No 10 says the PM’s chief aide Dominic Cummings acted in line with coronavirus guidelines when he travelled with Covid-19 symptoms from London to his relatives in Durham during lockdown.
A spokesman said it was “essential” for Mr Cummings to ensure he had childcare while he and his wife were unwell.
The Durham police chief said it was “unwise” for Mr Cummings to travel to County Durham while infected.
Labour has called for a “clear explanation” for Mr Cummings’ actions.
Downing Street said Mr Cummings believed he “behaved reasonably and legally” when he made the 260-mile journey from his London home to Country Durham during the lockdown.
A No 10 spokesman added: “Owing to his wife being infected with suspected coronavirus and the high likelihood that he would himself become unwell, it was essential for Dominic Cummings to ensure his young child could be properly cared for.
“His sister and nieces had volunteered to help so he went to a house near to, but separate, from his extended family in case their help was needed. His sister shopped for the family and left everything outside.
“At no stage was he or his family spoken to by the police about this matter, as is being reported.”
The government has ordered anyone with coronavirus symptoms to self-isolate at home and not leave – even for essential supplies – for seven days.
A Labour spokesman said the government should use the daily Downing Street Covid-19 press conference on Saturday to provide answers over the reports.
A statement added: “The public have made extraordinary sacrifices during this pandemic and the lockdown.
“It cannot be one rule for those who set them and another for the British people.”
Mr Cummings has attended meetings of the Scientific Advisory Group for Emergencies (Sage) – the scientific body which gives independent advice that shapes the government’s coronavirus response.
The Durham police and crime commissioner Steve White said: “Given the whole ethos of the guidance and regulations was designed to reduce the spread, regardless of reason, by travelling to County Durham when known to be infected was most unwise.
“To beat this crisis we need to be selfless as millions have been.”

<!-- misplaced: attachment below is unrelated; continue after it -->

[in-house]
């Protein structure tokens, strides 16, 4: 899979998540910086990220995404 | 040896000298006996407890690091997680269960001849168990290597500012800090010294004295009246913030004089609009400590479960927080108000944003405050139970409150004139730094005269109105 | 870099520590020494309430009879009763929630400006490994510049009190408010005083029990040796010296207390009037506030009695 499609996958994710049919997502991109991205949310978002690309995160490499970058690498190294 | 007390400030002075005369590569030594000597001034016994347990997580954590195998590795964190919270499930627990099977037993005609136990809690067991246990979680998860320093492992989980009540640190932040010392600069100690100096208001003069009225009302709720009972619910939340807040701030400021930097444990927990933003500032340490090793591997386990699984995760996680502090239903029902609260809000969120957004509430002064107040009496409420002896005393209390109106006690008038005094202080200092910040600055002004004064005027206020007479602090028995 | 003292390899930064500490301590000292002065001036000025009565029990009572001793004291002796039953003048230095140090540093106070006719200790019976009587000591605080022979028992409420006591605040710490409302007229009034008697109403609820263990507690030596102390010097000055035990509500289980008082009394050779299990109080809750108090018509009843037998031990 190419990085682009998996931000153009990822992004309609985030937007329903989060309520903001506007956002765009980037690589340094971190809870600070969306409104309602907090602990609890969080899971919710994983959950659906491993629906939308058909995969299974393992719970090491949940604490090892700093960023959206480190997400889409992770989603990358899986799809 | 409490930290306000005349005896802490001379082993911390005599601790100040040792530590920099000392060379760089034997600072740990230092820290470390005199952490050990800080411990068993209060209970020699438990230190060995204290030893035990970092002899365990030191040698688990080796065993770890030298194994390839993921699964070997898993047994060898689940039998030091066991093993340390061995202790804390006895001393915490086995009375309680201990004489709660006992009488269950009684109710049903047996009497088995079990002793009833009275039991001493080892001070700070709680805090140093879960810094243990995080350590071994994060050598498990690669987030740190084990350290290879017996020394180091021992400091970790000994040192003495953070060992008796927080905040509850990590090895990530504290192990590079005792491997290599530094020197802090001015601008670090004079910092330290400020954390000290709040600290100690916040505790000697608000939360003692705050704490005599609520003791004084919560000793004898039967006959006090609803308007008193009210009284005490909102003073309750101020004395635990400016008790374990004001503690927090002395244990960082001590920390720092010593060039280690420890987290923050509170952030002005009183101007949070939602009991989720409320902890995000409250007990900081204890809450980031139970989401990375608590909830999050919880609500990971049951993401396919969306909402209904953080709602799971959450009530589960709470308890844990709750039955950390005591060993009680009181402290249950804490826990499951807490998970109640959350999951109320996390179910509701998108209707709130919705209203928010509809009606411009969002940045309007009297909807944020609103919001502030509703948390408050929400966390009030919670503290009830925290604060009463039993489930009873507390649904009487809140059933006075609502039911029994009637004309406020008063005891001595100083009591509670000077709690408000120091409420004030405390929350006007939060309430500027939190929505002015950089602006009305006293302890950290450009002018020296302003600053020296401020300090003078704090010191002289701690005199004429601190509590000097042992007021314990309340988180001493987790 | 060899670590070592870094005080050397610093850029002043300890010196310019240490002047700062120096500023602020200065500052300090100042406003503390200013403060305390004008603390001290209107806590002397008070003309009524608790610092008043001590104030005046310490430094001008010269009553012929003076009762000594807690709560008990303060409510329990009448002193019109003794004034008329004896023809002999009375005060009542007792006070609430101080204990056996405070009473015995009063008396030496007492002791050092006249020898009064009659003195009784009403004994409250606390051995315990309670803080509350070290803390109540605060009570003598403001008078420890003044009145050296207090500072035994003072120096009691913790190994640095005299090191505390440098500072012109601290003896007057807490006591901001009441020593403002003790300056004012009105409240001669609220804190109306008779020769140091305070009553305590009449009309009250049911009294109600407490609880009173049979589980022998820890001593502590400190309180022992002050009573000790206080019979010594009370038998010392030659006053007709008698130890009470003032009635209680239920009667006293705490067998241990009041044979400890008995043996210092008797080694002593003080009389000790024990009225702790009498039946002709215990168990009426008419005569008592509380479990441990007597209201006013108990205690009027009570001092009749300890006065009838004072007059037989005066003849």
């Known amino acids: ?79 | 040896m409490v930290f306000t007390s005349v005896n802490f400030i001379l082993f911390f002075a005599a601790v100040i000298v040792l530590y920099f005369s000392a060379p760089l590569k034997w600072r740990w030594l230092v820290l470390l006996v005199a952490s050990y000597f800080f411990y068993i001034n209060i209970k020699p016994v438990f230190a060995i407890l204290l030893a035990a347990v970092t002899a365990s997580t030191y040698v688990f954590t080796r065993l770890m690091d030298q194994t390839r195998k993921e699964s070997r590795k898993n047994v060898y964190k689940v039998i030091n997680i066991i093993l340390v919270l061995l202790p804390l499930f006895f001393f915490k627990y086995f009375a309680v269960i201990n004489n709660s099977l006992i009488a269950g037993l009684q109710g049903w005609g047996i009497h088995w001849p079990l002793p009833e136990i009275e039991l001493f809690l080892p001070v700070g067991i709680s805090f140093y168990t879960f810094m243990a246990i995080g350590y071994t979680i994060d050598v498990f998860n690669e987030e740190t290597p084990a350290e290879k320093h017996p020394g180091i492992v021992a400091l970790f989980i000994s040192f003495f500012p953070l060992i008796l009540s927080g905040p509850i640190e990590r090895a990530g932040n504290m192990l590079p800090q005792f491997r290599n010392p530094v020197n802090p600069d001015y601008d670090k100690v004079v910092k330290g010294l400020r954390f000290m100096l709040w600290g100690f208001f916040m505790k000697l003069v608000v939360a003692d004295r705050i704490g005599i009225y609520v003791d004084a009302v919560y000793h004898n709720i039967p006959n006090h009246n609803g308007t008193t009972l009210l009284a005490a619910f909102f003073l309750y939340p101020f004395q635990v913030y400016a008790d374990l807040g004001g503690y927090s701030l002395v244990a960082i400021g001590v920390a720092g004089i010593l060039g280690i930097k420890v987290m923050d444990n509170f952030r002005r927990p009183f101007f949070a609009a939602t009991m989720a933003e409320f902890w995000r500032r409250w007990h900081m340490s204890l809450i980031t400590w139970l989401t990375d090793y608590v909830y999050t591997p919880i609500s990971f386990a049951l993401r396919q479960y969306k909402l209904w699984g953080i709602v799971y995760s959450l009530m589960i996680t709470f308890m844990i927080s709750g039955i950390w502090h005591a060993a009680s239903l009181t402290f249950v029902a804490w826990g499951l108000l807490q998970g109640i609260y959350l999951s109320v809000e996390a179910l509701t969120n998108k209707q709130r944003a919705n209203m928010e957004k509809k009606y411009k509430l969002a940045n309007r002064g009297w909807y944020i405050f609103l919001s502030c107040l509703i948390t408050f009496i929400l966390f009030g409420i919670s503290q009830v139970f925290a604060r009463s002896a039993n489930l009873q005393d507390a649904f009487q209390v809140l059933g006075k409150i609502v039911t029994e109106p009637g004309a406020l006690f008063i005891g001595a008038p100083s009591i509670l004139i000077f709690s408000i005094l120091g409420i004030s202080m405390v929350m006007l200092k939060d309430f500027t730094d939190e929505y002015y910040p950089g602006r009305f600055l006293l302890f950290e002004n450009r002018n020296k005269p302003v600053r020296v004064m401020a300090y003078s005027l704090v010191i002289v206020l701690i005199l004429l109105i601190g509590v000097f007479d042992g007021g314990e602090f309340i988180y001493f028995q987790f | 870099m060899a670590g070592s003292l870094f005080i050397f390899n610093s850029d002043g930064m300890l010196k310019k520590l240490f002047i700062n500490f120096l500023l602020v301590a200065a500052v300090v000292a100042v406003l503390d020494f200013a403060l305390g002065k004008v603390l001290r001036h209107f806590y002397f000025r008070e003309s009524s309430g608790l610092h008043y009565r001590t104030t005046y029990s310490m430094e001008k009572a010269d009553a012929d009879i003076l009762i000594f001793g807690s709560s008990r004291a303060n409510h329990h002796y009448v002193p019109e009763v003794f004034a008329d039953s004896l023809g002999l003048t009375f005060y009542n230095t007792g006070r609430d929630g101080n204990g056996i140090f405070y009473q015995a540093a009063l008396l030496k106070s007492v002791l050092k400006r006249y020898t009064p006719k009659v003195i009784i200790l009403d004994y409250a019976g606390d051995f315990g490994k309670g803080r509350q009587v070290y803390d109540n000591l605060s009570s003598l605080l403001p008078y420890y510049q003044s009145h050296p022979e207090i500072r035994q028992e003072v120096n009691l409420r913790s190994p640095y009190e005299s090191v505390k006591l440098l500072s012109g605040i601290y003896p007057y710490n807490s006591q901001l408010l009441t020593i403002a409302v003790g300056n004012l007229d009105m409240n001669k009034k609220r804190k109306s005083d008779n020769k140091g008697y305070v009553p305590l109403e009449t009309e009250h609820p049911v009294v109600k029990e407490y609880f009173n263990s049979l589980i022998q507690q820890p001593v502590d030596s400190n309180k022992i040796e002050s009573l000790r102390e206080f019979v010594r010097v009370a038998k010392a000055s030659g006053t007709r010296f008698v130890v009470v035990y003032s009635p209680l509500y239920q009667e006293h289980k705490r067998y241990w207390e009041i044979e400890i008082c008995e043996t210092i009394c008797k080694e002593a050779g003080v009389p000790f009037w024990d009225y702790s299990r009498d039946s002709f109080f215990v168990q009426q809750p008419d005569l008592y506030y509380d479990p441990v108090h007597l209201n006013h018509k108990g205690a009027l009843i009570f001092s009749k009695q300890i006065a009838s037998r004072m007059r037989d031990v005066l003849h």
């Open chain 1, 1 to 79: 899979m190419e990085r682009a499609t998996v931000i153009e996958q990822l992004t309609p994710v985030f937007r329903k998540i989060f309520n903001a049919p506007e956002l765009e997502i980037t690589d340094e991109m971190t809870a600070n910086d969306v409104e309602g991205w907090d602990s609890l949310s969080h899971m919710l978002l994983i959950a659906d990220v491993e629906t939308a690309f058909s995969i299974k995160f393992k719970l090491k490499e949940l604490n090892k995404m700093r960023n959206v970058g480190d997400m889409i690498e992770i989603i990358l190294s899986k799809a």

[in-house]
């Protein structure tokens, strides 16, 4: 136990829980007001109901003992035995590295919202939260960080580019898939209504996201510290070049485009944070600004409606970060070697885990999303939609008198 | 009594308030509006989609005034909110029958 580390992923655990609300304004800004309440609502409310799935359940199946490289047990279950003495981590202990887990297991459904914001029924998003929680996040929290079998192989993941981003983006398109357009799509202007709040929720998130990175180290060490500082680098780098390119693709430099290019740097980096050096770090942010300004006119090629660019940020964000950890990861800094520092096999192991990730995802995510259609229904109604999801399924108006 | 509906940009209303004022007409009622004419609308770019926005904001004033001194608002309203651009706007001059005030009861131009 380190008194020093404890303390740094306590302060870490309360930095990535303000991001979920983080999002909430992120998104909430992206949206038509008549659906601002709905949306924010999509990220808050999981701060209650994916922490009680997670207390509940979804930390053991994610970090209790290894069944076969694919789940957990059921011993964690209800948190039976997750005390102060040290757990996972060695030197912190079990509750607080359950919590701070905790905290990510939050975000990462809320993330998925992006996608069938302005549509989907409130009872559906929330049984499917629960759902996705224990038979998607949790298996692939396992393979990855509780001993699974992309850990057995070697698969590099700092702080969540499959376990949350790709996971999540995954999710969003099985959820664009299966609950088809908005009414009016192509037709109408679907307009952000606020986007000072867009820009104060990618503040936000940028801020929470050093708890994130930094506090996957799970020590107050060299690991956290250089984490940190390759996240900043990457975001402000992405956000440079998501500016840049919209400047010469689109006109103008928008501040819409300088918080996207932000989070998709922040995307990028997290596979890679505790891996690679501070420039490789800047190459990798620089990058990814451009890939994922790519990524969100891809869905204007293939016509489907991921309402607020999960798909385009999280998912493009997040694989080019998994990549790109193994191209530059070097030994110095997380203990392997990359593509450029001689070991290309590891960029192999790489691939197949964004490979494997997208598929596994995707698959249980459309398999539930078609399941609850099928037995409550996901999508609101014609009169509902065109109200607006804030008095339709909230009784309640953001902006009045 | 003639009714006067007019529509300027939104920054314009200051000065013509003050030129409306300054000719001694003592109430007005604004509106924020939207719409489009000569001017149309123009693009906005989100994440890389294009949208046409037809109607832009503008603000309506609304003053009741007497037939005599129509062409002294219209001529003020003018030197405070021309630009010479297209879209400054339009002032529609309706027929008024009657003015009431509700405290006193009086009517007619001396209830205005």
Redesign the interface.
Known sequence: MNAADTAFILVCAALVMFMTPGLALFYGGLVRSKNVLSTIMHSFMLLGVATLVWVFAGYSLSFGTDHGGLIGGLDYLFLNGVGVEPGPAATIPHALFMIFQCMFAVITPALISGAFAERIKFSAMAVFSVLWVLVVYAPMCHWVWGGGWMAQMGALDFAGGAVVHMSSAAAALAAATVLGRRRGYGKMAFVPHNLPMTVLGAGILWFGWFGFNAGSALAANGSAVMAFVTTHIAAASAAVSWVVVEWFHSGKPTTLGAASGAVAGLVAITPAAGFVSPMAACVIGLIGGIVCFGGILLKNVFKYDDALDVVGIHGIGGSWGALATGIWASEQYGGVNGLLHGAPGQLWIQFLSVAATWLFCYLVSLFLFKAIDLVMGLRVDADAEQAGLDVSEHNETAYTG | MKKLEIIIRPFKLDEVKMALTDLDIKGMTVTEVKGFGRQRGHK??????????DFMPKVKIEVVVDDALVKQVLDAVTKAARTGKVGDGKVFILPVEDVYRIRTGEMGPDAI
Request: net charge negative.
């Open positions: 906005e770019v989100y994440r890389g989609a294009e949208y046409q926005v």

Earlier, the Scottish National Party’s Westminster leader Ian Blackford told BBC Radio 4’s Today programme that Mr Cumming’s position was “untenable” and that the prime minister has “serious questions” to answer about the reports.
Meanwhile, Dave Penman, general secretary of the FDA, the union that represents senior civil servants, said the prime minister was responsible for the actions of his chief aide, and called for Mr Johnson to explain reports that Mr Cummings broke lockdown rules.
It comes after other high-profile figures involved in tackling the pandemic have resigned for breaching lockdown restrictions, including Scotland’s former Chief Medical Officer Catherine Calderwood and leading scientist Prof Neil Ferguson.
Dr Calderwood resigned in April after making two trips to her second home during the coronavirus lockdown.
While Prof Ferguson quit as a government adviser on coronavirus after it was reported that a woman he was said to be in a relationship with visited his home in lockdown.
On 30 March, it was reported that Mr Cummings, the former Vote Leave chief who was the architect of the PM’s Brexit strategy, had developed symptoms of the coronavirus and was self-isolating at home.
Durham Police confirmed officers had spoken to the owners of an address after its officers were made aware on 31 March of reports a person had travelled there from London.
A spokesman said that owners of the address confirmed the individual “was present and self-isolating in part of the house”, and officers “explained to the family the guidelines around self-isolation and reiterated the appropriate advice around essential travel”.
Downing Street said that “at no stage” was Mr Cummings or his family spoken to by police about the matter.
“His actions were in line with coronavirus guidelines,” a spokesman said.
Government advice on 31 March was for the public to stay at home and only leave for clearly defined reasons, including to exercise, essential shopping or for medical needs.
At the time – and as remains the case – those with symptoms of coronavirus were told to self-isolate at home and not leave even for essential supplies, if possible, for seven days.
It was and also remains not permitted to leave your house to visit friends and family in their home, while government advice for those aged 70 and over continues to be that they should minimise contact with others outside their household.
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In other developments:
- Police are “wary” on patrol amid a rise in spitting attacks during the coronavirus pandemic
- People arriving in the UK must self-isolate for 14 days from 8 June to help slow the spread of coronavirus, the government has said
- The founder of the UK’s weekly applause for front-line workers has said it should end next Thursday
- A care home in Oxfordshire has told how it locked down early to protect its residents
- And the BBC’s medical correspondent Fergus Walsh has tested positive for coronavirus antibodies